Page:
HbD Breakdown: WCoH Jerseys – Europe
First, some general comments about the WCoH jerseys as a whole, these first hockey jerseys designed by Adidas: they’re pretty damn solid. Sure, some are better than others and none of them are perfect, but Adidas certainly did a decent job here.
Their Yoke To Bear
A little mentioned aspect to these new Adidas jerseys are the shoulder yokes. Some have solid blocks of colour, some don’t, but they all seem to have a glossy dot pattern on them, reminiscent of what Nike did with the 2014 Sochi Olympic jerseys. But while Nike had nation-specific glossy details – stars for the Americans, viking ships for the Swedes, etc, not to mention those god-awful fake laces – these World Cup jerseys are consistent across all the team’s jerseys: a grid of dots. It’s a nice, simple and subtle feature that adds a bit of visual interest for people who purchase and/or wear the jerseys; details that you’d never see or notice from a distance of more than a few feet.
So, while it doesn’t carry a lot of visual impact per se, it’s a simple and elegant addition to the jersey, and definitely less kitschy than Nike’s version of it.
What’s the Russian word for “Déjà vu”?
Russia’s WCoH jerseys unveiled this week are nothing new, but they are actually a beautiful refinement on a design we’ve seen previously. There’s a strong focus on Russia’s iconic double-headed eagle crest (no surprise there) centered on a crisp white jersey (this version leaked first) and then later the red version which gave us full blown déjà vu when put side-by-side with Russia’s 2014 Olympic Nike jerseys (minus that delicate sliver of a gold stripe on the arms).
— Sportsnet (@Sportsnet) March 2, 2016
On the new white jersey, the blue color used on the shoulder yokes and stripes, surprisingly becomes the most dominant color, something I haven’t seen from Russia basically ever (conspiracy theory: trying to look like the NHL league-leading Washington Capitals?). However, the jersey still feels less adventurous than what we’ve seen out of Russia in the last few years. Their other 2014 Olympic jersey was a lot more experimental, but is that a bad thing? I don’t think so.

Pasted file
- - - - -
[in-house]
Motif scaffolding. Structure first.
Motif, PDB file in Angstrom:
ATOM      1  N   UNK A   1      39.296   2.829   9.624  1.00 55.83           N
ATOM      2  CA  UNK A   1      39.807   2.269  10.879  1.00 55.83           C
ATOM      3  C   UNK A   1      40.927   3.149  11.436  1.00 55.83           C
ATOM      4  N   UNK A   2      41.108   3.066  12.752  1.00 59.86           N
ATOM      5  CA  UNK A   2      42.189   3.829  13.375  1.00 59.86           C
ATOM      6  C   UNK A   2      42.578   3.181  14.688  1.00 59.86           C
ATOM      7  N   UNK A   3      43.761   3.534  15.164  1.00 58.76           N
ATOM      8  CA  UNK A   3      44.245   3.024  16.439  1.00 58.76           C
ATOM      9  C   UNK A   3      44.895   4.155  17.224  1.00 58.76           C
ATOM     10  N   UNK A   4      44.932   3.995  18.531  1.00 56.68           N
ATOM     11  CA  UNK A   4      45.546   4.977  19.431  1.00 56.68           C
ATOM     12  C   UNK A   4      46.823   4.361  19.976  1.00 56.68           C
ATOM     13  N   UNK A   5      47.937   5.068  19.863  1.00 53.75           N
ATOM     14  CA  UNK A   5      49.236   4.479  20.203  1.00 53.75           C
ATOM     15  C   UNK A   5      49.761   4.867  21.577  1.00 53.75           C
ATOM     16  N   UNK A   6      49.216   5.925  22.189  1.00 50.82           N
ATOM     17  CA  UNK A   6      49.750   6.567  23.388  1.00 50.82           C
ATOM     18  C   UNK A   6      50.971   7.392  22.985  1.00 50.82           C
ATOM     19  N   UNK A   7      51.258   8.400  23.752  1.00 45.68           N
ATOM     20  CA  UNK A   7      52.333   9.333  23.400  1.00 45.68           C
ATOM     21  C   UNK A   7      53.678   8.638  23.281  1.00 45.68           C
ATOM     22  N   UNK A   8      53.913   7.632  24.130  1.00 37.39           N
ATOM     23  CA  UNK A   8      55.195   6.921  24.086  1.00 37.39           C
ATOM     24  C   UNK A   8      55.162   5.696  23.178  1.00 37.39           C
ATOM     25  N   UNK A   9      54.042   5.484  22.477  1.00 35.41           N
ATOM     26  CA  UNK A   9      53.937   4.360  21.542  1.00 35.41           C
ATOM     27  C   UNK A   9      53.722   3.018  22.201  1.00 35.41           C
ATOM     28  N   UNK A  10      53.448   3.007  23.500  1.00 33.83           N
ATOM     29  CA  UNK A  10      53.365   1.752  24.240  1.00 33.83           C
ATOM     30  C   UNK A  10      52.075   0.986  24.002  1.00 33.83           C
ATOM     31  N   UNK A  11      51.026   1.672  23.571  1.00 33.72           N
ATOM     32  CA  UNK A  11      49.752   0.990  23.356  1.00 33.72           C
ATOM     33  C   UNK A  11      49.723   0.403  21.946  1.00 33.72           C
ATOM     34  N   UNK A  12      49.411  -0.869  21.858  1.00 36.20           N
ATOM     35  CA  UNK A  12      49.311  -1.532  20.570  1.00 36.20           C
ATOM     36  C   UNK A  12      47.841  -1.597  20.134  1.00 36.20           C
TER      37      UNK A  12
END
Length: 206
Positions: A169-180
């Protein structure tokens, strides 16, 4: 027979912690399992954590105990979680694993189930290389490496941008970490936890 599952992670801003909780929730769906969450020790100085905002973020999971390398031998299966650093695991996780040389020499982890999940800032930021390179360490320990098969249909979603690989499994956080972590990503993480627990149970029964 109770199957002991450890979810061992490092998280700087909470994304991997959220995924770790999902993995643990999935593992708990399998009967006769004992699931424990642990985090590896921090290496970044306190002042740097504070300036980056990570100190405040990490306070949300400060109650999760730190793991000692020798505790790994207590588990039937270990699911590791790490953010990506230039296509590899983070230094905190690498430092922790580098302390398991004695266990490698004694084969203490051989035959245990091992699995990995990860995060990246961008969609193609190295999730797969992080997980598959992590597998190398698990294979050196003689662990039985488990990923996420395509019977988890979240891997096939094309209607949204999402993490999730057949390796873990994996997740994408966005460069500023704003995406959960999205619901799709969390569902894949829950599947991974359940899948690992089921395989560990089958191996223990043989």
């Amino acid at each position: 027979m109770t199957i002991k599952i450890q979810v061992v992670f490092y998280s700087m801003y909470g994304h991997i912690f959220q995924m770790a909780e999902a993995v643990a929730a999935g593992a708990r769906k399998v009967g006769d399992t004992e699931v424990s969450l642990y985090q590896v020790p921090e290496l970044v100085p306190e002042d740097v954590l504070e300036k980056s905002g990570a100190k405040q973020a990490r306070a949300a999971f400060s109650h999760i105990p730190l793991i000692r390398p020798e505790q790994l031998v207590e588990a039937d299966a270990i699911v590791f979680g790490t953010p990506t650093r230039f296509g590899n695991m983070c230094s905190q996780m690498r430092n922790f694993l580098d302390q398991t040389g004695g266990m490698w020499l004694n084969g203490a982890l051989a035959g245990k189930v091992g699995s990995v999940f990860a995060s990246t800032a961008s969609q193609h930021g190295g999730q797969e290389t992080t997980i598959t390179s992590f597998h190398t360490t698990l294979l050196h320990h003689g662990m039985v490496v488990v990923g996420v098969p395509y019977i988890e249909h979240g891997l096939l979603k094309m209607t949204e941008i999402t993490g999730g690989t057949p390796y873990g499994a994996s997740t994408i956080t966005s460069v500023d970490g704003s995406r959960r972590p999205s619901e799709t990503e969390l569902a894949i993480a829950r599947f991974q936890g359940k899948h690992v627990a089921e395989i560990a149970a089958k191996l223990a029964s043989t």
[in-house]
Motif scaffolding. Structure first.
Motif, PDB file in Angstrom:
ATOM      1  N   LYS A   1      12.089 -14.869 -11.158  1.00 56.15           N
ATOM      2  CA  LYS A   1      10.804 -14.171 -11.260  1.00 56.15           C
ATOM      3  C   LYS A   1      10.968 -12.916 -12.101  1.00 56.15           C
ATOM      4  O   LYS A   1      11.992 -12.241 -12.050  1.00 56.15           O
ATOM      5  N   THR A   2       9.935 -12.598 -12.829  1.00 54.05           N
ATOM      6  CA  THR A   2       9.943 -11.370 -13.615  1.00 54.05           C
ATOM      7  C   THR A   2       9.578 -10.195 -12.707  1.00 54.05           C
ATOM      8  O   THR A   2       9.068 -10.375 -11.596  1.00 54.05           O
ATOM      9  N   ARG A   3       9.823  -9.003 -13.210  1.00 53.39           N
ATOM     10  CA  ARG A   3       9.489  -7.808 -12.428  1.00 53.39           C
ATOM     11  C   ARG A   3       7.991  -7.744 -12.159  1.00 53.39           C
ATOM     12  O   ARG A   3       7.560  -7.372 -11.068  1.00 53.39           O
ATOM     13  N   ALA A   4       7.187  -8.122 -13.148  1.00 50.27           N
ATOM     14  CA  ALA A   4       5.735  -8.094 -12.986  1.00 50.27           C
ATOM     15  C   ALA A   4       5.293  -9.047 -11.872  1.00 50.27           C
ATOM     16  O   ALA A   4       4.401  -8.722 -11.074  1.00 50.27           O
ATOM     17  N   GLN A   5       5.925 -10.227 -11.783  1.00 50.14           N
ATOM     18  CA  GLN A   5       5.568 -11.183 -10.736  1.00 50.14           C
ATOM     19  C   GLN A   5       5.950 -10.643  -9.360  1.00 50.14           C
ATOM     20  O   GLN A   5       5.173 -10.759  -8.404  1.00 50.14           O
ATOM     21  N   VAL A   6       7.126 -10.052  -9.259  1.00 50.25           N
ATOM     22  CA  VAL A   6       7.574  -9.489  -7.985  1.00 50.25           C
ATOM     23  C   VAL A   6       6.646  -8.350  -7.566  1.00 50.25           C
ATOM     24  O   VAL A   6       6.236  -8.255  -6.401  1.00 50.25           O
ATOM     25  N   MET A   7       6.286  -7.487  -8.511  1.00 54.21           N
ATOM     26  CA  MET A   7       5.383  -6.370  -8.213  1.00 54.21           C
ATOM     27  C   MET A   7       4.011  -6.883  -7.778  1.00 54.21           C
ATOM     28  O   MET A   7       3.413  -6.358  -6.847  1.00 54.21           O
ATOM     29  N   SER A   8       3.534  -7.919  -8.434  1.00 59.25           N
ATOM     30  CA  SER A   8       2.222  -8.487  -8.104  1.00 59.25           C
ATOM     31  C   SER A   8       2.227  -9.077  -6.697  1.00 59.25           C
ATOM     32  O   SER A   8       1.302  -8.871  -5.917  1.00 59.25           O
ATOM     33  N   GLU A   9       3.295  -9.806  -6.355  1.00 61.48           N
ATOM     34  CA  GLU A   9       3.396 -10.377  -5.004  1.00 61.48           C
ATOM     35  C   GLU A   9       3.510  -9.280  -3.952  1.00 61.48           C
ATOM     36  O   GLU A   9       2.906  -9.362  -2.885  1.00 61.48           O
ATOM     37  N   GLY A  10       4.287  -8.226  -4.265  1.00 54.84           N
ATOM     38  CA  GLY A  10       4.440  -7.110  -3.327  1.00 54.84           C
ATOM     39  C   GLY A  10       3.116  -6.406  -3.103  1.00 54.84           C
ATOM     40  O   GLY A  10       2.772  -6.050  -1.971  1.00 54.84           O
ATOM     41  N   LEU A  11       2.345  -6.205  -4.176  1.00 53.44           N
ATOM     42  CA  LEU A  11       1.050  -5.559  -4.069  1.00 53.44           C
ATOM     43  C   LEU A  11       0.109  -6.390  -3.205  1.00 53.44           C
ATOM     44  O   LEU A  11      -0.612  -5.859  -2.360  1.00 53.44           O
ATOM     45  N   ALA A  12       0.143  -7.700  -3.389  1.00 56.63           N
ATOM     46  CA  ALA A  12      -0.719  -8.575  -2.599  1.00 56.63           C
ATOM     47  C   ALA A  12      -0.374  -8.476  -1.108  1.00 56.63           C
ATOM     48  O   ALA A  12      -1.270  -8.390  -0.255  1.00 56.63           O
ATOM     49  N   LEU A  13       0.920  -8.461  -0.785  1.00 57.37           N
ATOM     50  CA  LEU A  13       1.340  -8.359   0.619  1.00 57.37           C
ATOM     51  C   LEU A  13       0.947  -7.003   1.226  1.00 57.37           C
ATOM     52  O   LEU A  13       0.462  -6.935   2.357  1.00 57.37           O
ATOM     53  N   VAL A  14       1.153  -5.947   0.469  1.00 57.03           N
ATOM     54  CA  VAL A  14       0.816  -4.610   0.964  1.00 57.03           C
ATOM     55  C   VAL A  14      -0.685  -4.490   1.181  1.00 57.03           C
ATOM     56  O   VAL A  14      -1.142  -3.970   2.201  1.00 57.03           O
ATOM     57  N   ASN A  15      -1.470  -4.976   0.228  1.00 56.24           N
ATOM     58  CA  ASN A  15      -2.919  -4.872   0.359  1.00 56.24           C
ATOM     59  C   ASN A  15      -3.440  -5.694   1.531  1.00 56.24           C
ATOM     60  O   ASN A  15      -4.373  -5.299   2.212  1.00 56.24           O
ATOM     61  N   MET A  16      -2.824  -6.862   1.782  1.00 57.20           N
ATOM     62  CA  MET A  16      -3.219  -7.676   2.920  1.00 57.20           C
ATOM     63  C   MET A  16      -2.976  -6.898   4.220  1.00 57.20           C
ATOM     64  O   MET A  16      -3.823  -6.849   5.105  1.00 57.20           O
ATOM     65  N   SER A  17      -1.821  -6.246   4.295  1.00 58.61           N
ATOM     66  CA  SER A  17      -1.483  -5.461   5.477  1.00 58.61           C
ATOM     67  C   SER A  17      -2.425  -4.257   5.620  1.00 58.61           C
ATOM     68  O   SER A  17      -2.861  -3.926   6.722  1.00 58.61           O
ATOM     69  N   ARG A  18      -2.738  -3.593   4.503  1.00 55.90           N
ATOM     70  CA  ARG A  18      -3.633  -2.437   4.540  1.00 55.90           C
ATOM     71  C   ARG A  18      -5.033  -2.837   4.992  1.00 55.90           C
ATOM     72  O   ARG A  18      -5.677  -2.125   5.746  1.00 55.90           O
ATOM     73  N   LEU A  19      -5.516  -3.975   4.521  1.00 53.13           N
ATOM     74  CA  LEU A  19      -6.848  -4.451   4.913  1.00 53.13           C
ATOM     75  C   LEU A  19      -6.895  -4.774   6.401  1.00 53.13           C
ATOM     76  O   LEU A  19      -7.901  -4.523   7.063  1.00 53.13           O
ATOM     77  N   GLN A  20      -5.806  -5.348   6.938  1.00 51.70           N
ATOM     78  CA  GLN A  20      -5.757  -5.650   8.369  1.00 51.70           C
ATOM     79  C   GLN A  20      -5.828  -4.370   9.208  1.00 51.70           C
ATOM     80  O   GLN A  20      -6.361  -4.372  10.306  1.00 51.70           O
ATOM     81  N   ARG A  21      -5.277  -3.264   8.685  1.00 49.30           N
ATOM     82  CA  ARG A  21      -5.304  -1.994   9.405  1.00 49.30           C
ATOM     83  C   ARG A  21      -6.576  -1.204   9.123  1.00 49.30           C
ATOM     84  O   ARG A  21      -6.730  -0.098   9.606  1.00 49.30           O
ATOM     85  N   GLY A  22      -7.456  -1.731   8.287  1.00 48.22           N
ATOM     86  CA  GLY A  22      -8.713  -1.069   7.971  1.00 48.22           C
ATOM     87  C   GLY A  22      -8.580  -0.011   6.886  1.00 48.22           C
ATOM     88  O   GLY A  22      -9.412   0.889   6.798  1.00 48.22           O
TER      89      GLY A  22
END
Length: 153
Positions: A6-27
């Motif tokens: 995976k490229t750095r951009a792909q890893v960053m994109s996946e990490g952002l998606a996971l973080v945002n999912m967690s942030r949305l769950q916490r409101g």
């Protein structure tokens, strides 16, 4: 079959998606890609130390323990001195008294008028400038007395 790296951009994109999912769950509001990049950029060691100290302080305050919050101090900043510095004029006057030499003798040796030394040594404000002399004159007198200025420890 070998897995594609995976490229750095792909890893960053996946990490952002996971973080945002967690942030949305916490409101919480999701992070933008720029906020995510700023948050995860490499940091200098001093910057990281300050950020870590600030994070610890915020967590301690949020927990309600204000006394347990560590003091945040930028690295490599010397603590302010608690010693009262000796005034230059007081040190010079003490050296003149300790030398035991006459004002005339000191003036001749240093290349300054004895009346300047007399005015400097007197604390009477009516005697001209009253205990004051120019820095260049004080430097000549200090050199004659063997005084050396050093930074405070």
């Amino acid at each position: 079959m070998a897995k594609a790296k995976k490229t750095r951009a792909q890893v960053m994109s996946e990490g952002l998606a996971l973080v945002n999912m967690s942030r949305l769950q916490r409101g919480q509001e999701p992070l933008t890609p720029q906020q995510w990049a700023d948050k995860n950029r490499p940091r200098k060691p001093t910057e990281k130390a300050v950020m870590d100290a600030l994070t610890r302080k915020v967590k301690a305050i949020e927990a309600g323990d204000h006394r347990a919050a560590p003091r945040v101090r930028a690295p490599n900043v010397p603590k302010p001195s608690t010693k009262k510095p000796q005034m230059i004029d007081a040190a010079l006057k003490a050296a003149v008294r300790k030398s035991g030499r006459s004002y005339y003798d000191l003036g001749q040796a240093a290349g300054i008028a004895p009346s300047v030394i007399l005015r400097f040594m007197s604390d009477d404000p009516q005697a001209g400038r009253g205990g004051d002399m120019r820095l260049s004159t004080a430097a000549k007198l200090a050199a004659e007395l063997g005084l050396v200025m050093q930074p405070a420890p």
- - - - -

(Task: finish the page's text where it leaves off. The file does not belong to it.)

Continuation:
This HWC jersey feels like an instant classic, and though the elements here are basic, they work really well together. Russian pride shines through brilliantly on this design and it’s the best display of their national crest that I’ve seen on a hockey jersey. The Adidas striping up the sides feels somewhat out of place on this, otherwise, solid design, but it does work a little better than some of the other HWC jerseys (*cough* Team North America).
Russia played it safe, but their end result is actually really nice, and they may just be putting the best looking team on the ice at this tournament. The solid block stripes, beautiful crest, and tasteful restraint by the designers make this jersey a clear winner.
Like most of the other jerseys in the WCoH tournament, these are solid. Simple and impactful. And like all Czech Republic jerseys, the nation’s flag (hello Sochi!), colours and coat of arms plays a large part in it.
— Sportsnet (@Sportsnet) March 2, 2016
But the most distinctive part of both the white and red jerseys for the Czech Republic is the collar – one is good and one is not-so-good.
The good one? The tri-coloured collar of the white jersey, bearing a stripe of red and blue, separated by a white wedge in the middle. It mimics the triangle from their flag, and although the flag’s triangular wedge is blue, the white wedge here obviously works better. It’s a minor discrepancy made necessary to keep the overall design cohesive. No problem there. The resulting pattern is unique in the tournament and, on an otherwise minimal jersey, adds a distinctive component.
Collar Me Unimpressed
That leaves the red jersey as the not-so-good collar design. Again mimicking the Czech flag, the blue creeps in from the back of the shoulder yoke, coming (sort-of) to a point in the front of the jersey along the collar’s hemlines. There’s a couple problems with that. One, having the shoulder yoke cut in half from front to back with two different colours is too distracting, especially on a minimal jersey design. Two, it looks like a cape. It’s, again, too distracting and becomes the focal point of the jersey.
Coat of Logos